Cervical Cancer Advocate, Vicky Phelan, dies at 48, Family and Relationship, Cause of Death

Vicky Phelan was a well-known advocate of women’s health. She was diagnosed with cervical cancer in 2014 and openly discussed her ordeal while undergoing testing.

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Vicky Phelan, a cervical cancer advocate, dies at age 48.

Vicky Phelan was a 48-year-old advocate for cervical cancer research, passed away. She passed away at Limerick’s Milford Hospice in the wee hours of today morning. Cervical cancer was identified in Ms. Phelan in 2014.

She and Clinical Pathology Labs US reached a settlement in a High Court case in April 2018 for €2.5 million without admitting fault. Before receiving her diagnosis three years later, she had a smear test performed in 2011 that revealed no abnormalities.

The first smear screening result was incorrect, according to an internal CervicalCheck audit. She often came to the US for medical care. The Scally Independent inquiry and 2018 report regarding the matter were the results of her lobbying. The 221+ support group was founded as a result, and the State apologized.

She was selected as one of the BBC’s 100 women in 2018 and published a book in 2019 called Overcoming, which was awarded the Post Book of the Year. Vicky, a documentary on her life, just aired

Taoiseach Micheál Martin also paid tribute to Ms. Phelan, calling her a woman of “extraordinary courage and integrity”.

Speaking on RTÉ’s Today with Claire Byrne, Mr. Martin said she was a woman,

“who stood up for the women of Ireland, but not just the women of Ireland but women globally”.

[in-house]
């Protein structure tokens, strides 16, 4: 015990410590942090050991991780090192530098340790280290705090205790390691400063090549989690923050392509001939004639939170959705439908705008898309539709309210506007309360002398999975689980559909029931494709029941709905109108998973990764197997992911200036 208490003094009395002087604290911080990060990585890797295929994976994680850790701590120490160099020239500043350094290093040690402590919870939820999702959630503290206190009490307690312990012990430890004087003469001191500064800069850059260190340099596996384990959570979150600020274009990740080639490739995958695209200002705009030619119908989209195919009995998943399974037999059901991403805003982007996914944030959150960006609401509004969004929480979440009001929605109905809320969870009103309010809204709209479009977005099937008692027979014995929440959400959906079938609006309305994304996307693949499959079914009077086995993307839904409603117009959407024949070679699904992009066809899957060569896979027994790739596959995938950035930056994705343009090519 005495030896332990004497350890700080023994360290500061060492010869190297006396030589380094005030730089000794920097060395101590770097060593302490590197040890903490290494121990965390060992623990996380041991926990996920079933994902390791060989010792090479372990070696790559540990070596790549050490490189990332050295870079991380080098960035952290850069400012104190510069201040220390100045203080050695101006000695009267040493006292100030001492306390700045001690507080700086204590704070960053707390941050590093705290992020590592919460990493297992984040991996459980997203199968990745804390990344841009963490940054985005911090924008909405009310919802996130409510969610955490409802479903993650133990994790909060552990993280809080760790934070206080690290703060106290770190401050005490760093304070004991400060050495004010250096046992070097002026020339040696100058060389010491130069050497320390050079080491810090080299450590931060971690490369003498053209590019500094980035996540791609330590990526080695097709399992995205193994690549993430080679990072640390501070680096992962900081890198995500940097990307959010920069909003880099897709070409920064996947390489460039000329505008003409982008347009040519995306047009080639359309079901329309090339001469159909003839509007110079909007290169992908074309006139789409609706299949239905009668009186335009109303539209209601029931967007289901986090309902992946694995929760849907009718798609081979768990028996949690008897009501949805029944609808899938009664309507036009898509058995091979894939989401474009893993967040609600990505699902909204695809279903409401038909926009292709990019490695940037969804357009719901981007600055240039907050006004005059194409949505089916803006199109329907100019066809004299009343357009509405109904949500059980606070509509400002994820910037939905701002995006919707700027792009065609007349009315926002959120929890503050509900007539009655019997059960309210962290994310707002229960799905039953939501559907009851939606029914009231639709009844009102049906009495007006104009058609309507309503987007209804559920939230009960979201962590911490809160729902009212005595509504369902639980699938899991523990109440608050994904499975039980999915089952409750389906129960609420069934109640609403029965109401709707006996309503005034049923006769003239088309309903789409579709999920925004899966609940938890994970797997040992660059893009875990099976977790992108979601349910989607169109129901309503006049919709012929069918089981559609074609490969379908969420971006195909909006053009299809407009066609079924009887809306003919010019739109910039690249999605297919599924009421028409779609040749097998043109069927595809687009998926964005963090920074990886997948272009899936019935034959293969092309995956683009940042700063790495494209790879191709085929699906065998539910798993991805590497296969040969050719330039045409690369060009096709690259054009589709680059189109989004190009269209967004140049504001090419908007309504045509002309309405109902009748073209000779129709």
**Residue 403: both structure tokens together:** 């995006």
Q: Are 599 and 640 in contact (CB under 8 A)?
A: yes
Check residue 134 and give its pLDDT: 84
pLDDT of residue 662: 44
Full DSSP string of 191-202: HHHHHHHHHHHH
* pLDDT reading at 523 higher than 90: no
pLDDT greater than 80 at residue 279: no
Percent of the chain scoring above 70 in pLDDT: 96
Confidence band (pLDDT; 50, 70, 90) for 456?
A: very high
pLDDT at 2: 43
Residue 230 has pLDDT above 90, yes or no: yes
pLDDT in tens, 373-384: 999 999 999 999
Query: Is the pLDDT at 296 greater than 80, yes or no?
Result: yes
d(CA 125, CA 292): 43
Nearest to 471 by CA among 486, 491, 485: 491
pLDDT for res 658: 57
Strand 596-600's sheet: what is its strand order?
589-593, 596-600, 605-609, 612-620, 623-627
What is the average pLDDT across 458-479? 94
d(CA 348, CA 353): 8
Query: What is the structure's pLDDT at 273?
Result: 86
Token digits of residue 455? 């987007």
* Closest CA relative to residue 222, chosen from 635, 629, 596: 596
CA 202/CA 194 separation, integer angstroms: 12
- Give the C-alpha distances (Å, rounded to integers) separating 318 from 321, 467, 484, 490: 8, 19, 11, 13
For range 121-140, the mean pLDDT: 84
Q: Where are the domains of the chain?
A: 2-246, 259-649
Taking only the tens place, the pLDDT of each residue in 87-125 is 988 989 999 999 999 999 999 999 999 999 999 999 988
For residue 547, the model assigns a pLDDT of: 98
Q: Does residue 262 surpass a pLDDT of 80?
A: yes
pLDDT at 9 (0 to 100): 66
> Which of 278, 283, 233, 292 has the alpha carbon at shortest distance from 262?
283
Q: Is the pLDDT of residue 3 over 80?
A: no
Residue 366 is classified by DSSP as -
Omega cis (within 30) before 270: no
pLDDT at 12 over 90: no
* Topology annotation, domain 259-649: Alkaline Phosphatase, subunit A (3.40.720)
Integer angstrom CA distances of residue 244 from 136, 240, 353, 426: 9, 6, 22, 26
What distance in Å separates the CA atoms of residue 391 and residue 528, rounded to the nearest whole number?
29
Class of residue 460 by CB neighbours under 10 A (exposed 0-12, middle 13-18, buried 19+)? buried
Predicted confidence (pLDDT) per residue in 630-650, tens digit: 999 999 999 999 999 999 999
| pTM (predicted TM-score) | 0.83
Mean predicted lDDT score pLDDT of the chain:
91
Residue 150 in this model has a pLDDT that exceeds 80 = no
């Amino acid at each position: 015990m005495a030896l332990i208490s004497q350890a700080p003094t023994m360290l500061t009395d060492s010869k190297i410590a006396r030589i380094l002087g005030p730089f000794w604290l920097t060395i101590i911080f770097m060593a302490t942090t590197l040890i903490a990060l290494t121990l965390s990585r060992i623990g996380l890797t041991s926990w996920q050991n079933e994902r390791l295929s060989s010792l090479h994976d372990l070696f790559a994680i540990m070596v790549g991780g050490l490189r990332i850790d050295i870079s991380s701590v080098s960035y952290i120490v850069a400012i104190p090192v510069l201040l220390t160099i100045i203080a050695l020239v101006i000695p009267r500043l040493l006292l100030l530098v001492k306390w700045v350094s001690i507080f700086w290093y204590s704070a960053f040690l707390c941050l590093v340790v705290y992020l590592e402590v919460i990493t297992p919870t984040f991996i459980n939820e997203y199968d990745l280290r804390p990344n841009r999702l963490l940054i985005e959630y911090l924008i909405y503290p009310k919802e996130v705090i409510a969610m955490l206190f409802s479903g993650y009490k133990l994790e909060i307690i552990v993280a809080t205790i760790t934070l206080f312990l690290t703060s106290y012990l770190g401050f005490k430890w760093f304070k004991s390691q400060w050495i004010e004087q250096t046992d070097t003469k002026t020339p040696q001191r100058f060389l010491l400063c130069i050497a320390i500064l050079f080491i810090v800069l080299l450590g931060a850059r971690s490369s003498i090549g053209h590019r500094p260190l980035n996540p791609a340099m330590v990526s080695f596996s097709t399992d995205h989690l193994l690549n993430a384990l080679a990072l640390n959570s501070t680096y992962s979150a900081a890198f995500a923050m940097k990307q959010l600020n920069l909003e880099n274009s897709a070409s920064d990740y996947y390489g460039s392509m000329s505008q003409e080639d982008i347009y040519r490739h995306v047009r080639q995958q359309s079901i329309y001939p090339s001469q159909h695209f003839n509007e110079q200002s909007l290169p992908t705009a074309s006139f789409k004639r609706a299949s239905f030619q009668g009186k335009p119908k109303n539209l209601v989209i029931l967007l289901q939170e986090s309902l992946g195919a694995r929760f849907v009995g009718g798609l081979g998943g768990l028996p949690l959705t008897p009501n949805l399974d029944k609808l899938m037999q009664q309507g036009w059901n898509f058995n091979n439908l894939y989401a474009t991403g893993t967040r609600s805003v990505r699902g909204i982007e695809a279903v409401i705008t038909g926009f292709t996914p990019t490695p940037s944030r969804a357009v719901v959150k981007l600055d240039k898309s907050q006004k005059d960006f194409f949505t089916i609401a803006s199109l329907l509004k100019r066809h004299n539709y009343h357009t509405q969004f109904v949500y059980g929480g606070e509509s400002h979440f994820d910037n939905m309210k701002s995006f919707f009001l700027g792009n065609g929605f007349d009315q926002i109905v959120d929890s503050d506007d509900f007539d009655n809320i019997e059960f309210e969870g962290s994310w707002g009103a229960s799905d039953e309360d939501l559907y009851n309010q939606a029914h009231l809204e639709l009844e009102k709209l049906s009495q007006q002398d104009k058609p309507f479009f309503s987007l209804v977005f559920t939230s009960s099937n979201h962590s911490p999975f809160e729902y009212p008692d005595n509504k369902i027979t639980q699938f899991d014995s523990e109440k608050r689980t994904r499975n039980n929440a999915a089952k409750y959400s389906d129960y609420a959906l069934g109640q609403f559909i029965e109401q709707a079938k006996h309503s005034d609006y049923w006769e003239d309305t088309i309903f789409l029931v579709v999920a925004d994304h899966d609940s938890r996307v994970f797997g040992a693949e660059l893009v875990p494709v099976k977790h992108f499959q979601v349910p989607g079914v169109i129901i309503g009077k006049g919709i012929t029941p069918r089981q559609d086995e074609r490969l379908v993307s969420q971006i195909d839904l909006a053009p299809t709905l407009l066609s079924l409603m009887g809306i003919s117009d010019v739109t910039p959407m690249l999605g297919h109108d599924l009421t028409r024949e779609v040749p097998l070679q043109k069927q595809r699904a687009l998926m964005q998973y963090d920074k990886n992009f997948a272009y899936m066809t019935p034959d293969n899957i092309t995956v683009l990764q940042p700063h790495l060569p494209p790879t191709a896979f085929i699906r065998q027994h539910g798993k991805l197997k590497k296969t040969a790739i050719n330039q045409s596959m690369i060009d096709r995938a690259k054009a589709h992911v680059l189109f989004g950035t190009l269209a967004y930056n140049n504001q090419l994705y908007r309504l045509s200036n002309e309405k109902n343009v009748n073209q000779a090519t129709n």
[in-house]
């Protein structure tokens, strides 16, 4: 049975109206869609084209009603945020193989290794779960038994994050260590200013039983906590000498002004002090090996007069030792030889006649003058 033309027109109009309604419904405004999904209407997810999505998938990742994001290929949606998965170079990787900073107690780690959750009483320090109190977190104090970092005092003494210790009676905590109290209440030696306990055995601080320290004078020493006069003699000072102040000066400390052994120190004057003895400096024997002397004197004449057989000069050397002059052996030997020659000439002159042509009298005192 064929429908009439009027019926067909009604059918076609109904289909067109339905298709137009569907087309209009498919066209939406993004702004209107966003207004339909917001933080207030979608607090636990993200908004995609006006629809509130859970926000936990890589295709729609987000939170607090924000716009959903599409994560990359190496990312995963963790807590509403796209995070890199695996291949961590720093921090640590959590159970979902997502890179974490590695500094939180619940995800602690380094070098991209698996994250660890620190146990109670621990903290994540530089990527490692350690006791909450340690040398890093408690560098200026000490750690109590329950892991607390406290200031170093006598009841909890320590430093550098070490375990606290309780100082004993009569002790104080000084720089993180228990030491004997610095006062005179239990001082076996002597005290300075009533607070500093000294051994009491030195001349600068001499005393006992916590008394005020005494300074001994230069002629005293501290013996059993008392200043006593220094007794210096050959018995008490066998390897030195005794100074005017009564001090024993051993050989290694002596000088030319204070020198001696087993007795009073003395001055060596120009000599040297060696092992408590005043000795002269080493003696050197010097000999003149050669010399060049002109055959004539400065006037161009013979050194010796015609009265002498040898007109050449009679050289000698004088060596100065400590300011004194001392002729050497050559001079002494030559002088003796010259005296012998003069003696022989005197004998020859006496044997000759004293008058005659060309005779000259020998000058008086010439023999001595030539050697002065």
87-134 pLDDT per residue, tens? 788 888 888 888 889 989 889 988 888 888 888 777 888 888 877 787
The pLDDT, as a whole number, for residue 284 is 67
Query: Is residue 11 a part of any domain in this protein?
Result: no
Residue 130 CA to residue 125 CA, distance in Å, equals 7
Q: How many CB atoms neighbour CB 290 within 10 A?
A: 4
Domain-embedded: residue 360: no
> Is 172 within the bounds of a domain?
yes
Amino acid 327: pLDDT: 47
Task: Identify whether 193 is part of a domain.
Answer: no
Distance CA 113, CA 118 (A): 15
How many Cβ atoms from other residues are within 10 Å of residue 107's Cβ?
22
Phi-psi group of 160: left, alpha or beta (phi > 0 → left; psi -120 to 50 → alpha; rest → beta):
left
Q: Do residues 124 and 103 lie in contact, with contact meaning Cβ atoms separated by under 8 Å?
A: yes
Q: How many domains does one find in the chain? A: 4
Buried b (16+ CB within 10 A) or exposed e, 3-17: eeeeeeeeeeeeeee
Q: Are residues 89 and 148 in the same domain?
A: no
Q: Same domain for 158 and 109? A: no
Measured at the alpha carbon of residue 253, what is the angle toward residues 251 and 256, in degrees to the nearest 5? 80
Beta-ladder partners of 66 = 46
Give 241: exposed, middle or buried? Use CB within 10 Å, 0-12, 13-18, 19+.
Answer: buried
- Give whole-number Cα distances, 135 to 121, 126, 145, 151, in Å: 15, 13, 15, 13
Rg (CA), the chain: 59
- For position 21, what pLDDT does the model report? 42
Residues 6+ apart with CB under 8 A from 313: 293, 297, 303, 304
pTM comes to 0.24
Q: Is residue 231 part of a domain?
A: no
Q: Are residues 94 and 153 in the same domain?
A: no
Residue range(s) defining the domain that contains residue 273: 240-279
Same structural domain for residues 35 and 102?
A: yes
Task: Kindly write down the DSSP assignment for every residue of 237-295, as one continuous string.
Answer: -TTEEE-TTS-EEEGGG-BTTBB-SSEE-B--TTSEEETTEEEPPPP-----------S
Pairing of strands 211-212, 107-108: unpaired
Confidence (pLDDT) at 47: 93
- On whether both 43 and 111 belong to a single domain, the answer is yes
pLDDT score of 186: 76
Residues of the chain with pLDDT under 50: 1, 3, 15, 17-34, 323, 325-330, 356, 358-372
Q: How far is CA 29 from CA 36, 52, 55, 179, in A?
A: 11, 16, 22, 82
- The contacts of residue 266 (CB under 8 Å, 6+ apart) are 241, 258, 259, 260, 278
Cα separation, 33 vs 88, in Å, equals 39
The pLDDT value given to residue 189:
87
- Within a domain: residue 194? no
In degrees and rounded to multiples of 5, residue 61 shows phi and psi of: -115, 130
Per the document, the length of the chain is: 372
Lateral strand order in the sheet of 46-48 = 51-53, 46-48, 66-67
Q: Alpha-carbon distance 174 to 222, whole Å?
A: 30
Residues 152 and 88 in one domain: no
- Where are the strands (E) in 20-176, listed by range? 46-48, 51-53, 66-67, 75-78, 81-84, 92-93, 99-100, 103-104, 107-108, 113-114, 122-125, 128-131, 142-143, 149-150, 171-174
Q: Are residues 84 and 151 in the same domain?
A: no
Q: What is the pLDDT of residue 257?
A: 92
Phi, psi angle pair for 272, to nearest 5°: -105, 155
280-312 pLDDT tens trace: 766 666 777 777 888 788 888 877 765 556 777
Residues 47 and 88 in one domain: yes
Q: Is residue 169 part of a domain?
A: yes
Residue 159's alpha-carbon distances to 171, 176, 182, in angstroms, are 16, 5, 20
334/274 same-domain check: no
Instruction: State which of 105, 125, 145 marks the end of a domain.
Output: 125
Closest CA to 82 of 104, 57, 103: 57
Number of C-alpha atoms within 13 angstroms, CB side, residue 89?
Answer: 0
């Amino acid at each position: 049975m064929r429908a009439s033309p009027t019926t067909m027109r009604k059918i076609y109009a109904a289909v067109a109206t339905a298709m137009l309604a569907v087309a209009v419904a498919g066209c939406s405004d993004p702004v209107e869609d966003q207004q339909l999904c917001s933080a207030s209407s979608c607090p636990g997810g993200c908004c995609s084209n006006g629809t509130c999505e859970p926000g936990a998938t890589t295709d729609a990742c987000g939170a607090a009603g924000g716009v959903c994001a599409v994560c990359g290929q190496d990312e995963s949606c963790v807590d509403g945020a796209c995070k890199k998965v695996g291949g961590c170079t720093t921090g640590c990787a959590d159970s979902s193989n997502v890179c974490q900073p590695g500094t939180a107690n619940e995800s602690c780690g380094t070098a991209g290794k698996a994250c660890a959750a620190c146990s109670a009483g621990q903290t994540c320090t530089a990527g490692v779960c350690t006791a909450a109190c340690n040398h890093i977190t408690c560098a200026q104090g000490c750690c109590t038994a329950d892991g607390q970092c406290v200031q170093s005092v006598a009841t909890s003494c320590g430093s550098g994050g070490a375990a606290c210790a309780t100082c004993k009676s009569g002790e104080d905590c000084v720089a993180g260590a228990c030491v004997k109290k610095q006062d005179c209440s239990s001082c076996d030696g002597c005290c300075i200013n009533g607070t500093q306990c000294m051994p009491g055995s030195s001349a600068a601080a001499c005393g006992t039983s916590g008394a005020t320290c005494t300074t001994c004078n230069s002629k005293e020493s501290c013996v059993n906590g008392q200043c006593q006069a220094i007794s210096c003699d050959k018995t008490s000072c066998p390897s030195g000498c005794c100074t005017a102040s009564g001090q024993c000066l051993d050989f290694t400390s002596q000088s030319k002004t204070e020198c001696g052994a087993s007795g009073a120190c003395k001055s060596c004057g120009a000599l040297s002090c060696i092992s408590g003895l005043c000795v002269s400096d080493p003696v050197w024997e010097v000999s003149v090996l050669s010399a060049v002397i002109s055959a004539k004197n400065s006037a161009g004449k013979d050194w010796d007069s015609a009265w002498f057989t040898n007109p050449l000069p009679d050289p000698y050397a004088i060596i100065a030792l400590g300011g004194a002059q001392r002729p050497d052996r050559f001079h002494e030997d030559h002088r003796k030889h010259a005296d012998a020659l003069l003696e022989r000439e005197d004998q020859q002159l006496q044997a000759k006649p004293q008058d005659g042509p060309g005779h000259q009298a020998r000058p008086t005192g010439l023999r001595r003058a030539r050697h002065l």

Vicky Phelan Background, Age, Birthplace

Vicky Phelan was born in 1974(48 years old) in Waterford and raised in Limerick. She holds an Irish nationality and she belongs to the white ethnic group.


Vicky Phelan and her ex-husband Jim had two children together; they divorced in 2017 but remained together to raise their kids. Additionally, she had cancer at the time of their divorce, so Jim supported her throughout the process and was there for her when she passed away. The couple has two kids: son Darragh, who is presently 10 years old, and daughter Amelia, who is 16 years old.

 They haven’t disclosed many details about their kids in the open. But when she needed them, her kids were there for her. When Phelan learned she had cancer, she said she didn’t want to pass away in front of her kids. Her children, who were old enough to comprehend the situation when she was diagnosed with cancer, supported her throughout every stage of her life.

Early Life

Vicky Phelan was born to Jhon and Gaby Phelan, and she enjoyed spending time with them. When she moved out with her family, though, they were not very close.

When she later discovered she had cancer, she penned a letter to her father, John. She then became close to her mother and father. She was the youngest of the five children Jhon and Gaby had together.

How much is Vicky Phelan Net worth?

Vicky Phelan is well-known for surviving cancer; nevertheless, nothing is known about her net worth despite the fact that she was a practicing attorney. Her estimated net worth at death was between $1 million and $2 million; she was well-off at the age of 48. Even if the lawyer in Ireland makes a respectable €79148 per year, she may also have income from her company and assets. Therefore, the precise sum is now impractical.

Despite battling a terminal illness, Vicky Phelan was a well-known person in the country who persistently advocated. Vicky Phelan also made multiple trips to the US for medical care in an effort to extend her life.

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Her work influenced the Scally Independent Investigation into the CervicalCheck scandal in 2018, which made significant reform recommendations. For her campaign activities, she was also given the freedom of Limerick. Leo Varadkar, who was the taoiseach at the time, issued a public apology in October 2019 for the women and families impacted by the shortcomings in cervical screening.

Vicky Phelan challenged the status quo and pushed the limits of patient advocacy. She will be remembered as a courageous lady who risked her life to defend the truth. Her legacy will hopefully lead to an improved national cervical cancer screening program for Irish women.